796 F2d 79 Mann v. Smith

796 F.2d 79

Stewart M. MANN, Plaintiff-Appellant,
Dallas SMITH, et al., Defendants-Appellees.

No. 84-1985.

United States Court of Appeals,
Fifth Circuit.

Aug. 4, 1986.

Stewart M. Mann pro se.

Patrick C. Appel, Baker & Botts, William J. Dyer, Houston, Tex., (Court Appointed--Not under Act), for plaintiff-appellant.

Mark H. Dettman, Midland, Tex., for defendants-appellees.

Appeal from the United States District Court for the Western District of Texas.

Before GEE and HIGGINBOTHAM, Circuit Judges, and HARVEY*, Senior District Judge.



A pretrial detainee at a county jail was subjected to a general rule under which inmates were forbidden to receive newspapers and magazines. The proffered justification for this rule was a desire to reduce the threat of fires and clogged toilets. In view of the jail's policy of allowing inmates to possess other material that was flammable and capable of being used to interfere with the plumbing, we hold that the rule is too underinclusive to be upheld under the applicable first amendment test.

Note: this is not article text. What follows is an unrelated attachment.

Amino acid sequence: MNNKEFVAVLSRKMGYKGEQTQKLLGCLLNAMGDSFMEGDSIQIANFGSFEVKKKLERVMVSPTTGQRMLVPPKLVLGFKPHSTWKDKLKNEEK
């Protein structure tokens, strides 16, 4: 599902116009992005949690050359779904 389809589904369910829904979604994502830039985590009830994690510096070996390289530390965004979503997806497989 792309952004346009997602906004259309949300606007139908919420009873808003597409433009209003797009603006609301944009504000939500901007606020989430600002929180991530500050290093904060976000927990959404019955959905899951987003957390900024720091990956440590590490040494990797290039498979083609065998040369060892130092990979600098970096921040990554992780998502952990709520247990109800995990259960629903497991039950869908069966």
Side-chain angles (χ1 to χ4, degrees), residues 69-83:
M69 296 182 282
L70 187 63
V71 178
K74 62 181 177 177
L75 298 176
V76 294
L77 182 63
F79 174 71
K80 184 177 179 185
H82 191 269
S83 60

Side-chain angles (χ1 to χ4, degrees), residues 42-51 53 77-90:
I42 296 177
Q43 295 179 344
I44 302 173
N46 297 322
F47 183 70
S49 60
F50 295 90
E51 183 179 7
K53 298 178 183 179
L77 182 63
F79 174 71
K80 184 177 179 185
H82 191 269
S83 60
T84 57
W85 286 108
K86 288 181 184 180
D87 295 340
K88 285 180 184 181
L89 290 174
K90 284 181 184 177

The plaintiff also claims that he was denied his constitutional right of access to the courts because jail officials refused to let him visit a law library while he was preparing this case. We conclude that the plaintiff in fact had meaningful access to the courts even though he was denied the use of a law library.


* Stewart Mann was held on criminal charges in the Midland County (Texas) Jail for 98 days as a pretrial detainee. After pleading guilty to the charges, he was held an additional 13 days before being transferred to the Texas Department of Corrections. During this time, he chose to live in a small private cell because prisoners in larger, general-population cells sometimes had to sleep on mattresses on the floor. Mann complains that he was subjected to the following conditions by the defendants:1


(1) Pursuant to a general policy at the jail, he was denied access to newspapers and magazines.